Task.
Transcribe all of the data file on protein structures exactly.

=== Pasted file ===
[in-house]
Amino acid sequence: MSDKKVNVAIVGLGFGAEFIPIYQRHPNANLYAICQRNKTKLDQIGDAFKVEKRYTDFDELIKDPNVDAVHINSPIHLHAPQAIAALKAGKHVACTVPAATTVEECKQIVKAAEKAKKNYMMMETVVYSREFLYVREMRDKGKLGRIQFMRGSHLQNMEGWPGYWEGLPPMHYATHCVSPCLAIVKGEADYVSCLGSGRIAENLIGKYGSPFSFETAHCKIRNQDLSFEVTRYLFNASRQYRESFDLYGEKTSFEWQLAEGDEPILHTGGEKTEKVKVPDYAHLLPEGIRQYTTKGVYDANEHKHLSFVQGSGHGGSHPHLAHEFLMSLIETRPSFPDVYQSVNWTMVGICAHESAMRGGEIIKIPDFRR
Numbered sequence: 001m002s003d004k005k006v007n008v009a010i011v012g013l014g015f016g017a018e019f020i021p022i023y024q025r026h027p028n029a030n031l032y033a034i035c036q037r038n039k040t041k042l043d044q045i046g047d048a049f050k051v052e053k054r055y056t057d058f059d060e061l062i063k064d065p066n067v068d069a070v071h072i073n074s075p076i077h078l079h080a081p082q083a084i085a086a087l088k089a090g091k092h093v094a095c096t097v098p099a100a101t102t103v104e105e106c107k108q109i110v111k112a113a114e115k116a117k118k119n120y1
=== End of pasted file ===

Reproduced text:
[in-house]
Amino acid sequence: MSDKKVNVAIVGLGFGAEFIPIYQRHPNANLYAICQRNKTKLDQIGDAFKVEKRYTDFDELIKDPNVDAVHINSPIHLHAPQAIAALKAGKHVACTVPAATTVEECKQIVKAAEKAKKNYMMMETVVYSREFLYVREMRDKGKLGRIQFMRGSHLQNMEGWPGYWEGLPPMHYATHCVSPCLAIVKGEADYVSCLGSGRIAENLIGKYGSPFSFETAHCKIRNQDLSFEVTRYLFNASRQYRESFDLYGEKTSFEWQLAEGDEPILHTGGEKTEKVKVPDYAHLLPEGIRQYTTKGVYDANEHKHLSFVQGSGHGGSHPHLAHEFLMSLIETRPSFPDVYQSVNWTMVGICAHESAMRGGEIIKIPDFRR
Numbered sequence: 001m002s003d004k005k006v007n008v009a010i011v012g013l014g015f016g017a018e019f020i021p022i023y024q025r026h027p028n029a030n031l032y033a034i035c036q037r038n039k040t041k042l043d044q045i046g047d048a049f050k051v052e053k054r055y056t057d058f059d060e061l062i063k064d065p066n067v068d069a070v071h072i073n074s075p076i077h078l079h080a081p082q083a084i085a086a087l088k089a090g091k092h093v094a095c096t097v098p099a100a101t102t103v104e105e106c107k108q109i110v111k112a113a114e115k116a117k118k119n120y1